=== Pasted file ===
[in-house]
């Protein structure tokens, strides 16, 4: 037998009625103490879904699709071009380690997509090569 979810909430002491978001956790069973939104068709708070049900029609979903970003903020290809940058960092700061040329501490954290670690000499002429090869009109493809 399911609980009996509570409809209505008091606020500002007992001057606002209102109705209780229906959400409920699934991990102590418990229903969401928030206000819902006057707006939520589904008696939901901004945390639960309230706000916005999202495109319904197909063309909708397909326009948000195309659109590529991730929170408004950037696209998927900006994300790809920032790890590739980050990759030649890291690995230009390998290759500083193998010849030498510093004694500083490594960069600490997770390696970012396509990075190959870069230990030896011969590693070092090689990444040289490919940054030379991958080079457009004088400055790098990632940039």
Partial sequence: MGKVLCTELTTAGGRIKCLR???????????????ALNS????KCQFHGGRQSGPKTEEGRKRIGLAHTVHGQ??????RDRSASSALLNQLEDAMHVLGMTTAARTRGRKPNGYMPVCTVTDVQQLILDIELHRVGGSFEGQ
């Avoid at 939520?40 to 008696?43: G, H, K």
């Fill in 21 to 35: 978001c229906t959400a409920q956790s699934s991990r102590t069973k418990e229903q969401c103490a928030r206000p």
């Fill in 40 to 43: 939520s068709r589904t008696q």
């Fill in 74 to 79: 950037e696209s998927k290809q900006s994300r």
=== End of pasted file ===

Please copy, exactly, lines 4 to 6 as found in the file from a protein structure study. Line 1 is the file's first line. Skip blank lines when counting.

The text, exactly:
């Avoid at 939520?40 to 008696?43: G, H, K």
């Fill in 21 to 35: 978001c229906t959400a409920q956790s699934s991990r102590t069973k418990e229903q969401c103490a928030r206000p």
């Fill in 40 to 43: 939520s068709r589904t008696q």